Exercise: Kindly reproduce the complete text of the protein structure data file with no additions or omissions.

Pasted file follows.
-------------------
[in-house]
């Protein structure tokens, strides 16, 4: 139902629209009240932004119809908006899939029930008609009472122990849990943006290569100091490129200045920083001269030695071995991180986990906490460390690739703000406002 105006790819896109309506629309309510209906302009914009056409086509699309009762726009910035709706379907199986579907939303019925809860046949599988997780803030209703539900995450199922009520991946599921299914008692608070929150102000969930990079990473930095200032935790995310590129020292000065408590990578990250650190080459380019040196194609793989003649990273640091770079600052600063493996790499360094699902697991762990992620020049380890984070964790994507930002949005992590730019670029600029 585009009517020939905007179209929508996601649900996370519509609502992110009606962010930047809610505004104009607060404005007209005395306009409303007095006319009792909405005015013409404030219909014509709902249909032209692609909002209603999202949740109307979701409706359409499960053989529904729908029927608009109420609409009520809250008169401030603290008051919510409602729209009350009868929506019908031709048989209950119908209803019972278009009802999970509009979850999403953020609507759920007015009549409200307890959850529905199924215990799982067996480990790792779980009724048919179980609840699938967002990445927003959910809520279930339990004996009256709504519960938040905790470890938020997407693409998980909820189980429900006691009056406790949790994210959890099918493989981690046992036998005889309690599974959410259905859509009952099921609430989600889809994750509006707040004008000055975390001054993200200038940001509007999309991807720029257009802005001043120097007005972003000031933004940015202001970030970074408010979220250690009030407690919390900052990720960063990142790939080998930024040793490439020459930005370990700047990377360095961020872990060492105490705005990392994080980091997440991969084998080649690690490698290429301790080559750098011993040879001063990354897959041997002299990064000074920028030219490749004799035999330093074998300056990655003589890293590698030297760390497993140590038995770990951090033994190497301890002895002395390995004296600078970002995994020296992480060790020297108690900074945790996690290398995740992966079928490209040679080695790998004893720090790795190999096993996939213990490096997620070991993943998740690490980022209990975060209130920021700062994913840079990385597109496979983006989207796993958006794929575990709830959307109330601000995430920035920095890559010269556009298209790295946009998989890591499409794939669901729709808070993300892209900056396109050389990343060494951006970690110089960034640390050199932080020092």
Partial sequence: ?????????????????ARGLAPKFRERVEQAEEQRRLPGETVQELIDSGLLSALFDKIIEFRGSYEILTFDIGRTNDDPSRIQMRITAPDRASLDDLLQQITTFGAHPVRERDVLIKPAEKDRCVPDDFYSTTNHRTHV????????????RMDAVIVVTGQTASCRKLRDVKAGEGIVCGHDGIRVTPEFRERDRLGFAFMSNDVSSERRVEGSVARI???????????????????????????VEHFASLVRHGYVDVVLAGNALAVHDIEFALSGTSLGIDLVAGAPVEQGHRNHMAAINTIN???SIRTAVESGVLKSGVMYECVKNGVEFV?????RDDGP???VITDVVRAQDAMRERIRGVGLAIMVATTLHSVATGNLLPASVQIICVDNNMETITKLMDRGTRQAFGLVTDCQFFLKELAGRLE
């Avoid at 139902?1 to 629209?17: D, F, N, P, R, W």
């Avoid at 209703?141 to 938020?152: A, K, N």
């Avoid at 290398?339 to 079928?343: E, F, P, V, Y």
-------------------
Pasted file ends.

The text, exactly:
[in-house]
């Protein structure tokens, strides 16, 4: 139902629209009240932004119809908006899939029930008609009472122990849990943006290569100091490129200045920083001269030695071995991180986990906490460390690739703000406002 105006790819896109309506629309309510209906302009914009056409086509699309009762726009910035709706379907199986579907939303019925809860046949599988997780803030209703539900995450199922009520991946599921299914008692608070929150102000969930990079990473930095200032935790995310590129020292000065408590990578990250650190080459380019040196194609793989003649990273640091770079600052600063493996790499360094699902697991762990992620020049380890984070964790994507930002949005992590730019670029600029 585009009517020939905007179209929508996601649900996370519509609502992110009606962010930047809610505004104009607060404005007209005395306009409303007095006319009792909405005015013409404030219909014509709902249909032209692609909002209603999202949740109307979701409706359409499960053989529904729908029927608009109420609409009520809250008169401030603290008051919510409602729209009350009868929506019908031709048989209950119908209803019972278009009802999970509009979850999403953020609507759920007015009549409200307890959850529905199924215990799982067996480990790792779980009724048919179980609840699938967002990445927003959910809520279930339990004996009256709504519960938040905790470890938020997407693409998980909820189980429900006691009056406790949790994210959890099918493989981690046992036998005889309690599974959410259905859509009952099921609430989600889809994750509006707040004008000055975390001054993200200038940001509007999309991807720029257009802005001043120097007005972003000031933004940015202001970030970074408010979220250690009030407690919390900052990720960063990142790939080998930024040793490439020459930005370990700047990377360095961020872990060492105490705005990392994080980091997440991969084998080649690690490698290429301790080559750098011993040879001063990354897959041997002299990064000074920028030219490749004799035999330093074998300056990655003589890293590698030297760390497993140590038995770990951090033994190497301890002895002395390995004296600078970002995994020296992480060790020297108690900074945790996690290398995740992966079928490209040679080695790998004893720090790795190999096993996939213990490096997620070991993943998740690490980022209990975060209130920021700062994913840079990385597109496979983006989207796993958006794929575990709830959307109330601000995430920035920095890559010269556009298209790295946009998989890591499409794939669901729709808070993300892209900056396109050389990343060494951006970690110089960034640390050199932080020092």
Partial sequence: ?????????????????ARGLAPKFRERVEQAEEQRRLPGETVQELIDSGLLSALFDKIIEFRGSYEILTFDIGRTNDDPSRIQMRITAPDRASLDDLLQQITTFGAHPVRERDVLIKPAEKDRCVPDDFYSTTNHRTHV????????????RMDAVIVVTGQTASCRKLRDVKAGEGIVCGHDGIRVTPEFRERDRLGFAFMSNDVSSERRVEGSVARI???????????????????????????VEHFASLVRHGYVDVVLAGNALAVHDIEFALSGTSLGIDLVAGAPVEQGHRNHMAAINTIN???SIRTAVESGVLKSGVMYECVKNGVEFV?????RDDGP???VITDVVRAQDAMRERIRGVGLAIMVATTLHSVATGNLLPASVQIICVDNNMETITKLMDRGTRQAFGLVTDCQFFLKELAGRLE
């Avoid at 139902?1 to 629209?17: D, F, N, P, R, W």
């Avoid at 209703?141 to 938020?152: A, K, N």
């Avoid at 290398?339 to 079928?343: E, F, P, V, Y």